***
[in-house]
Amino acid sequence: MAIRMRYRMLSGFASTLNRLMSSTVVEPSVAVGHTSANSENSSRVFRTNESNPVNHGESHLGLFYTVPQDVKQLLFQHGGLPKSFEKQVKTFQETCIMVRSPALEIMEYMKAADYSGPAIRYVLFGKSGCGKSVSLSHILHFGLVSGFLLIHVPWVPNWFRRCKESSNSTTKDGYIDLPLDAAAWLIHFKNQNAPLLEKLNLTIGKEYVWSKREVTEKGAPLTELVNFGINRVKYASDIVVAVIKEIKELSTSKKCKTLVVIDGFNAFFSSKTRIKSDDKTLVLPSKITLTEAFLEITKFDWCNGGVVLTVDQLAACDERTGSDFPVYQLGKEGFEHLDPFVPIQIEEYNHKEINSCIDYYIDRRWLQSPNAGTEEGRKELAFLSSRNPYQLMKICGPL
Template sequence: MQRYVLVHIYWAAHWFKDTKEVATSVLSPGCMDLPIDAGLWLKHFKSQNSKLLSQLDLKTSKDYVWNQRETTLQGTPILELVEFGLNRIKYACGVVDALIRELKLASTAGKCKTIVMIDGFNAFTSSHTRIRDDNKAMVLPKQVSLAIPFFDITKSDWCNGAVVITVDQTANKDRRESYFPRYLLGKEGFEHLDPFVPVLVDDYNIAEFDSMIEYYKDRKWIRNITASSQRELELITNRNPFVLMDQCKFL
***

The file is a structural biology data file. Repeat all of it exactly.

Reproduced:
[in-house]
Amino acid sequence: MAIRMRYRMLSGFASTLNRLMSSTVVEPSVAVGHTSANSENSSRVFRTNESNPVNHGESHLGLFYTVPQDVKQLLFQHGGLPKSFEKQVKTFQETCIMVRSPALEIMEYMKAADYSGPAIRYVLFGKSGCGKSVSLSHILHFGLVSGFLLIHVPWVPNWFRRCKESSNSTTKDGYIDLPLDAAAWLIHFKNQNAPLLEKLNLTIGKEYVWSKREVTEKGAPLTELVNFGINRVKYASDIVVAVIKEIKELSTSKKCKTLVVIDGFNAFFSSKTRIKSDDKTLVLPSKITLTEAFLEITKFDWCNGGVVLTVDQLAACDERTGSDFPVYQLGKEGFEHLDPFVPIQIEEYNHKEINSCIDYYIDRRWLQSPNAGTEEGRKELAFLSSRNPYQLMKICGPL
Template sequence: MQRYVLVHIYWAAHWFKDTKEVATSVLSPGCMDLPIDAGLWLKHFKSQNSKLLSQLDLKTSKDYVWNQRETTLQGTPILELVEFGLNRIKYACGVVDALIRELKLASTAGKCKTIVMIDGFNAFTSSHTRIRDDNKAMVLPKQVSLAIPFFDITKSDWCNGAVVITVDQTANKDRRESYFPRYLLGKEGFEHLDPFVPVLVDDYNIAEFDSMIEYYKDRKWIRNITASSQRELELITNRNPFVLMDQCKFL